To mark out some of mortal race, 

And form them fit for heavenly joy? 

Shall man reply against the Lord, 

And call his Maker’s ways unjust; 

The thunder of Whose dreadful word 

Can crash a thousand worlds to dust? 

But, Oh! my soul, if truth so bright

Should dazzle and confound thy sight; 

Yet still his written word obey, 

And wait the great decisive day. 

But we said: Test it once. 

How strong is the love of a parent who lets the child make the decision as to whether he will or will not take the only cure for his otherwise fatal disease? What would you say of the parent who reaches out his hand part of the way to his child in the water but will not grasp the sinking child, and instead pleads and coaxes him to take hold? The child has his tantrum. He is angry at his parents and does not want to live with them anymore. He is willing to commit suicide because he hates his parents (justly or unjustly, makes no difference). He has locked himself in the room and turned on the gas. If the parents love that child, will they plead and coax and then stop short of forcing their will upon that child and break down the door and snatch him to safety? The love of man will stop at nothing to save that which it loves. And are we going to sell God’s love short and say that if we do not let Him, God cannot save us? Will His love let us go away unsaved? Is that not an insult to God’s sovereignty and love? Is it not a changeable love in an unchangeable God? 

May we, by God’s grace, begin this forty-first year holding forth the banner of God’s sovereignty in the sphere of salvation. And, if I may be given a little extra space in this anniversary issue, let me present the truth as Elder J.C. Sikes penned it down in 1926: 

GOD’S DECREE 

If Jehovah is infinite in all His ways, 

Giving life to man and numbering his days; 

Who dares to impeach Him, if in His wise plan 

He gave shape and direction to the ways of man? 

If He in His wisdom did all things create, 

Should He turn the helm: and leave all things to fate? 

Did He not have the right in His sinless decree 

To mark out the way for both you and for me? 

If He did decree just what we should do, 

I cannot arraign Him, say brother, can you? 

Before whom will you try Him as judge of your court? 

Who will act as your clerk and make your report?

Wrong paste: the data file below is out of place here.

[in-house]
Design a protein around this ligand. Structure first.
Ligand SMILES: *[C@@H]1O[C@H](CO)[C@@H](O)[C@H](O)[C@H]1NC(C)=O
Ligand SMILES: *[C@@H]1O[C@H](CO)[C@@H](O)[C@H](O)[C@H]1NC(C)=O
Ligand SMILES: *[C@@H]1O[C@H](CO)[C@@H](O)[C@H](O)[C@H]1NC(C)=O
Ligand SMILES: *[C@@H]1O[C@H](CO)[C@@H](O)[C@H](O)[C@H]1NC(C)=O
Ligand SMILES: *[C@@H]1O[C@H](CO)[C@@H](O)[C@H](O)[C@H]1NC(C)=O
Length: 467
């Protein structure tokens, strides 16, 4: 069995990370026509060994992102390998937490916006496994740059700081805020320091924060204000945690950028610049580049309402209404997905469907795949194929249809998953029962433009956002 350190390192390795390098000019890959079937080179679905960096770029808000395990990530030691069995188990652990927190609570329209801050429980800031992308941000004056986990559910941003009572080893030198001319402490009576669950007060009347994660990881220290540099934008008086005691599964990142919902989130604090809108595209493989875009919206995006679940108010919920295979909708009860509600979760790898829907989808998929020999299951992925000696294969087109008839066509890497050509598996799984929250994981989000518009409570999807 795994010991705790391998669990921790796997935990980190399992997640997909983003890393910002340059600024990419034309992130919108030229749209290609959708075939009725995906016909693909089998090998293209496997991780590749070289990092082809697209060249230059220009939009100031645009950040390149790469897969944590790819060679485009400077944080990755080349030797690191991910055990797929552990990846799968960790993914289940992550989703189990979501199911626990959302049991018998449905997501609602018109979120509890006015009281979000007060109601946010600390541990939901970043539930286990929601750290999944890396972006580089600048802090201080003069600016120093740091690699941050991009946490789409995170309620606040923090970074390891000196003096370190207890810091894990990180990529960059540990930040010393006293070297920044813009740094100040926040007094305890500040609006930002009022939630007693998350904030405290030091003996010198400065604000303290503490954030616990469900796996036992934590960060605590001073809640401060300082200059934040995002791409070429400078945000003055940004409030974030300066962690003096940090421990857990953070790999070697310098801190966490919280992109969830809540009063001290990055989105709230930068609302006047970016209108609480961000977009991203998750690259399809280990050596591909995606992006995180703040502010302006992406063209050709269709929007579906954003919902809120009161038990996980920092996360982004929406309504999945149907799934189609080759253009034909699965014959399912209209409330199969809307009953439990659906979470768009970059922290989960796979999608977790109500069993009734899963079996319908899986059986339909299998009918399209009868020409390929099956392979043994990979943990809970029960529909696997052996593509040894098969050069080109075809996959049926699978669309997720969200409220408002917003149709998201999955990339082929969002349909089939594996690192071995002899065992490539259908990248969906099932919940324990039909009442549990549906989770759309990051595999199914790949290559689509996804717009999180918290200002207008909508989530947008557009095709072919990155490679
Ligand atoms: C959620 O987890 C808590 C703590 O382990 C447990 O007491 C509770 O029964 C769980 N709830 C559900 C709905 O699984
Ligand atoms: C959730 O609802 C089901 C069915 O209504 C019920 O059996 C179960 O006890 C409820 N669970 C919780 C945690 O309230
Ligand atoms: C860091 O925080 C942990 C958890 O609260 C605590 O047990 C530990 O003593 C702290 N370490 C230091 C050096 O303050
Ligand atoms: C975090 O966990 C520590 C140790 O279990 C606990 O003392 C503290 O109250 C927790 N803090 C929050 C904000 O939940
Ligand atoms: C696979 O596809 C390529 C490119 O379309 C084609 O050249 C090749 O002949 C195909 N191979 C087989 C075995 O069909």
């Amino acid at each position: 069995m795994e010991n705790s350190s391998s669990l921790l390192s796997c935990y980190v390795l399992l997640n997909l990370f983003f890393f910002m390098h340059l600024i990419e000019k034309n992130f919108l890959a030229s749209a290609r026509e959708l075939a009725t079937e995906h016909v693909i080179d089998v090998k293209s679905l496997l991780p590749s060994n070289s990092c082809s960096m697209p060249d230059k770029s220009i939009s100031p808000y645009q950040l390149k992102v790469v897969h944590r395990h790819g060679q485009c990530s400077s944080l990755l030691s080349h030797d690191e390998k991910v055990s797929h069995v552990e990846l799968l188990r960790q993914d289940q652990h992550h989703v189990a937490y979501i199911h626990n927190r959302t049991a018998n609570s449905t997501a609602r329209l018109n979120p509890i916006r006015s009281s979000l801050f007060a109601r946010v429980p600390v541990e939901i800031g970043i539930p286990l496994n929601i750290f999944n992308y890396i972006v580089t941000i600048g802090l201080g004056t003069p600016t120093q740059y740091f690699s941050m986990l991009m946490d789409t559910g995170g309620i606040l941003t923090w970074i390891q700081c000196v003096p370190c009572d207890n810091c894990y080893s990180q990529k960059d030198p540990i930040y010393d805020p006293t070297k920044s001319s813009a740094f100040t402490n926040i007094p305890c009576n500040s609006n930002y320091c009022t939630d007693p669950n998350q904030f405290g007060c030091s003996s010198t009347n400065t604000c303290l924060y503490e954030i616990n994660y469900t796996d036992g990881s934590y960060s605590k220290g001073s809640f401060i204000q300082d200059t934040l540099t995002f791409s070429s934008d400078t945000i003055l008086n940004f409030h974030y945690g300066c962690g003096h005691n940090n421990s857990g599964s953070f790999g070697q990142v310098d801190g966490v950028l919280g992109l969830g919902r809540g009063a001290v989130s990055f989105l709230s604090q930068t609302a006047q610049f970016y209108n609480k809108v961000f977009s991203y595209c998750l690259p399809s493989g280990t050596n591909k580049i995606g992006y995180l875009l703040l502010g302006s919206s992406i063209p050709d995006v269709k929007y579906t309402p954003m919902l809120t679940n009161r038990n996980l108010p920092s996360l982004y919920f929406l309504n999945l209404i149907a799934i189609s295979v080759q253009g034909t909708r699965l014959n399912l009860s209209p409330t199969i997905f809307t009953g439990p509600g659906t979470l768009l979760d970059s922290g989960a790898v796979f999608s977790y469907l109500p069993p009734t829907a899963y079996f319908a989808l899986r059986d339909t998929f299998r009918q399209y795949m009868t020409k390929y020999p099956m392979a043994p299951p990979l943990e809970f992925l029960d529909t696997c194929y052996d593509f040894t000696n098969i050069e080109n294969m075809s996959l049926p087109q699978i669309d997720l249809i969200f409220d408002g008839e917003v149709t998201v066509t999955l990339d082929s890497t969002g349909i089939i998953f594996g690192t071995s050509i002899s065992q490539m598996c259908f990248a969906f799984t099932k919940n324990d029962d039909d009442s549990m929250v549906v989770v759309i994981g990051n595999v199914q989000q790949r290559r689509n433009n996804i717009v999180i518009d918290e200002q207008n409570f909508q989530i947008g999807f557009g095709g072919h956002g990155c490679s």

If all things are in the decree of His will 

And all things are working the same to fulfill, 

Who but a vile sinner too wicked to bow, 

Would call Him in question, or say, What doest Thou? 

If he decree the death of His Son, 

The sinless, the righteous, the most Holy One, 

And this did not make Him the author of sin, 

To make Him the author, where will you begin? 

Will you begin with Judas whose act was told 

And as was determined, His master he sold? 

Did not the dear Saviour say woe to that man 

I go as determined in God’s holy plan? (Luke 22:22

If Pharaoh you think would no doubt 

Prove that God’s purpose was not carried out, 

Did not God command him by Moses you know? 

Saying, Thus saith Jehovah, let my people go. 

Yet I will harden, yes, harden his heart, 

That he shall refuse and not let them depart, 

Till I bring my just plagues on all your foes, 

And thus get me honor on him and his host. 

Yet sinners most wicked will oft Him arraign, 

Against His just counsel, they often complain 

And say, If he decreed all things to the end, 

Then he is unjust and the author of sin. 

The heathen may rage and imagine things, 

The lowest, the highest, yea even their kings, 

And shout till the world hear the sound of their din, 

The author, the author, the author of sin! 

His saints will still praise Him and shout as they go, 

Jehovah most holy all things doth foreknow; 

His counsel did settle just how they should be, 

So shout on you heathen, you don’t disturb me. 

We learn from an angel that time shall soon end 

And saints shall be welcomed by Jesus, their Friend; 

This all is established by holy decree, 

For thus it is written, and thus it shall be. 

If all things are certain, then how came they so? 

If things were not certain, how could God foreknow? 

Were all things to which foreknowledge relate 

Made certain by the old heathen goddess of fate? 

We surely all know at a tho’t or a glance, 

That things are not left to haphazard and chance. 

Will some one please tell me that I may once see, 

How things can be certain, yet uncertain be? 

Now while you are thinking, I’ll come to a halt. 

If you don’t see the point, it isn’t my fault; 

But, brother, please tell me how this thing can be? 

All things were made certain without a decree. 

Indeed, Stand in awe and sin not. May all the issues of the Standard Bearer that follow be written in His fear. 

—J.A.H.